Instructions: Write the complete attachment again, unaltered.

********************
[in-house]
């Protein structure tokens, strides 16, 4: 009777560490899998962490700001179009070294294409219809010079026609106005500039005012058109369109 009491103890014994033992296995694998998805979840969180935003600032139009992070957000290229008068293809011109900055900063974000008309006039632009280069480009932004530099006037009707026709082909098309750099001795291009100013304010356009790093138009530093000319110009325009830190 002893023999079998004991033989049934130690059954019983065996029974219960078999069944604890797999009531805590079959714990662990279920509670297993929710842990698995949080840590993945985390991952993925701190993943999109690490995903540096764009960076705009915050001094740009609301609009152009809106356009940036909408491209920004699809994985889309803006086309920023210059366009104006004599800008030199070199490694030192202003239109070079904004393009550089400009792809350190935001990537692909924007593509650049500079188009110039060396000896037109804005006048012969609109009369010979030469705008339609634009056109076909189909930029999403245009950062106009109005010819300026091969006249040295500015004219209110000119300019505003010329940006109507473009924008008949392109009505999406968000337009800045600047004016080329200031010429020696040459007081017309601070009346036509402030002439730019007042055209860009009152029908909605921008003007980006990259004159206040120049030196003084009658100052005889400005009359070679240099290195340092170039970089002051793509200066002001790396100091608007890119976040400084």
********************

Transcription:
[in-house]
């Protein structure tokens, strides 16, 4: 009777560490899998962490700001179009070294294409219809010079026609106005500039005012058109369109 009491103890014994033992296995694998998805979840969180935003600032139009992070957000290229008068293809011109900055900063974000008309006039632009280069480009932004530099006037009707026709082909098309750099001795291009100013304010356009790093138009530093000319110009325009830190 002893023999079998004991033989049934130690059954019983065996029974219960078999069944604890797999009531805590079959714990662990279920509670297993929710842990698995949080840590993945985390991952993925701190993943999109690490995903540096764009960076705009915050001094740009609301609009152009809106356009940036909408491209920004699809994985889309803006086309920023210059366009104006004599800008030199070199490694030192202003239109070079904004393009550089400009792809350190935001990537692909924007593509650049500079188009110039060396000896037109804005006048012969609109009369010979030469705008339609634009056109076909189909930029999403245009950062106009109005010819300026091969006249040295500015004219209110000119300019505003010329940006109507473009924008008949392109009505999406968000337009800045600047004016080329200031010429020696040459007081017309601070009346036509402030002439730019007042055209860009009152029908909605921008003007980006990259004159206040120049030196003084009658100052005889400005009359070679240099290195340092170039970089002051793509200066002001790396100091608007890119976040400084």